Originally, when we presented a fleshed-out campaign strategy, they felt overwhelmed as to how they would have the resources to implement it. They only had one business development manager, who was primarily focused on outbound and making connections, one marketer, one operations person, and a few subject matter experts for contract work.  

We needed to simplify and prioritize! Unfortunately, the content audit did not provide many pieces we felt could be repurposed for this particular campaign – though some of them could be reframed and compiled into downloadable resources/guides. They needed to create something new and go from there.  

The advantage this client had is they have a lot of proprietary data on their product and how it positively affects their audience. Combined with the unique backgrounds of their subject matter experts, we recommended they develop a research report, using their proprietary data, as their parent piece of content. Since most of the client contacts we were working with were not marketing people, we thought it best to develop a visual representation of how to break down this parent piece of content and deliver the child pieces across different channels.  


(This is the hierarchical diagram we provided to the client with client-specific info removed.) 


This taxonomy illustrates what child pieces of content can be made from the primary research paper (parent content), the channels for distribution, the responsibility of development and distribution for each piece, and how to track the performance of each piece.  

This is just a small portion of the overall campaign strategy we provided and it provided an excellent starting point so they could begin marketing their new program without having to have all their content developed first. This allows them to build the plane as they fly it and begin to gather insights into what resonates so they can optimize their campaign as they implement it.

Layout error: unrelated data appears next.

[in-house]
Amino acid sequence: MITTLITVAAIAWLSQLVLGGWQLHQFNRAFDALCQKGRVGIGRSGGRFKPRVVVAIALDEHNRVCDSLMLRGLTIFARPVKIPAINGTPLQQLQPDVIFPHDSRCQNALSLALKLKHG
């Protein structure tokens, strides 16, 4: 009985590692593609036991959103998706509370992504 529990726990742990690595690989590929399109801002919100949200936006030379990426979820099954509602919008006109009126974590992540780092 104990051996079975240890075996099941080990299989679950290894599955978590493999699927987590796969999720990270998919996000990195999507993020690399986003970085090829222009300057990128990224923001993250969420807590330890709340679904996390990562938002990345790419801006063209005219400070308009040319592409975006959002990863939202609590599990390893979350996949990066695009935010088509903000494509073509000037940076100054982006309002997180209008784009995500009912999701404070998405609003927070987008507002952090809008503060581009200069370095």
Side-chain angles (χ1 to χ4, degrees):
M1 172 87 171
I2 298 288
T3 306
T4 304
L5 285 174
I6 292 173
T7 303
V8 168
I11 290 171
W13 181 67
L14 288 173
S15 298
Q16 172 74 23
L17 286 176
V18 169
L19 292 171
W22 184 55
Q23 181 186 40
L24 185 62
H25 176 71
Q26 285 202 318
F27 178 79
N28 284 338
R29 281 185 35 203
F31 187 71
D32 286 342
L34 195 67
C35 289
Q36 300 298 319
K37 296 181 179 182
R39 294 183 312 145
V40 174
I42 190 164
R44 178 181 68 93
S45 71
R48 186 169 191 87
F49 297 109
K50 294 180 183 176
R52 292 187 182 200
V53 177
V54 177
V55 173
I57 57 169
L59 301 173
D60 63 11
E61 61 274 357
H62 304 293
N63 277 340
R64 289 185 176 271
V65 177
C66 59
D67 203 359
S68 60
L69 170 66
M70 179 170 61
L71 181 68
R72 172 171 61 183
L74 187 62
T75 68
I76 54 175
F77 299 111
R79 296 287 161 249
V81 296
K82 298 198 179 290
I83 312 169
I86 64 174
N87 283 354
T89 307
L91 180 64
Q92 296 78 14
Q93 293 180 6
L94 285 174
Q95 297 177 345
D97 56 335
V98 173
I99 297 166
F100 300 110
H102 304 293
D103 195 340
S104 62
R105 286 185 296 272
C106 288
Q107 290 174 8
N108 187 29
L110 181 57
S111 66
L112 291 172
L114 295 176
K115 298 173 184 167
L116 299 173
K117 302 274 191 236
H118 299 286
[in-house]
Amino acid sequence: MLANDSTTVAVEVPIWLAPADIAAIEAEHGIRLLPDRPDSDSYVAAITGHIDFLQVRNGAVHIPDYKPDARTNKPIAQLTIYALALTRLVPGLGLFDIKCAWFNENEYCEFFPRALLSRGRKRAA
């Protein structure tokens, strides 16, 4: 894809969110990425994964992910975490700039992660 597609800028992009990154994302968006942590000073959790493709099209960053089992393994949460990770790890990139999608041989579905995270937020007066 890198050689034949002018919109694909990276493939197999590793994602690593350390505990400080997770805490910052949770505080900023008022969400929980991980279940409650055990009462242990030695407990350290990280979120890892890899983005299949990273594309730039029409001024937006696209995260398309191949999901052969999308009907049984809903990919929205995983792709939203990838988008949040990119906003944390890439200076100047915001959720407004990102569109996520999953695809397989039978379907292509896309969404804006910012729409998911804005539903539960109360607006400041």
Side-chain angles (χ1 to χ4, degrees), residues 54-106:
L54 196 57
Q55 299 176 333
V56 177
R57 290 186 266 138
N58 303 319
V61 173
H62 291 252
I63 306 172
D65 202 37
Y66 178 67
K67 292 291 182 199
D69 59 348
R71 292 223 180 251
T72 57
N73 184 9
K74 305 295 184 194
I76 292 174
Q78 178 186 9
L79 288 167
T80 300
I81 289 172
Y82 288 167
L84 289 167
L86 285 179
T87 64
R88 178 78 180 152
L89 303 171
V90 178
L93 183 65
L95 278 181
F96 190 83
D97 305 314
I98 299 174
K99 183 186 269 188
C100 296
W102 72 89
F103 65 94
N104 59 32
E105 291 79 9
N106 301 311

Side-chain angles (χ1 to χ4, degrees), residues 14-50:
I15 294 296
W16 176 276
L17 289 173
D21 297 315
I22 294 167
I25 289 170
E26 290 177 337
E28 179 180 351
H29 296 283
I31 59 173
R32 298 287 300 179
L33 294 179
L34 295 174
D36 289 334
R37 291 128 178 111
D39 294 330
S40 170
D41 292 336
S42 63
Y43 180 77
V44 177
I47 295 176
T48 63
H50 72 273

To further help with prioritization, since this diagram doesn’t illustrate which child content to create first, we also developed a 6-month road map. 


(This is the 6-month road map we provided to the client with client-specific info removed.) 



In conclusion, implementing a hierarchical content taxonomy offers a strategic solution for organizations facing resource constraints in their content development efforts. This systematic approach to categorizing and organizing content not only streamlines the content creation process but also provides a foundation for efficient scalability. 

A content taxonomy, particularly the hierarchical variant discussed in this blog, allows businesses to repurpose existing content effectively and prioritize the development of new material for targeted marketing campaigns. The provided hierarchical diagram and 6-month roadmap served as invaluable tools, offering a starting point for our client to build and optimize their campaign iteratively. The hierarchical content taxonomy emerged as a powerful tool for maximizing content impact with minimal lift, enabling organizations to adapt and refine their strategies in real time.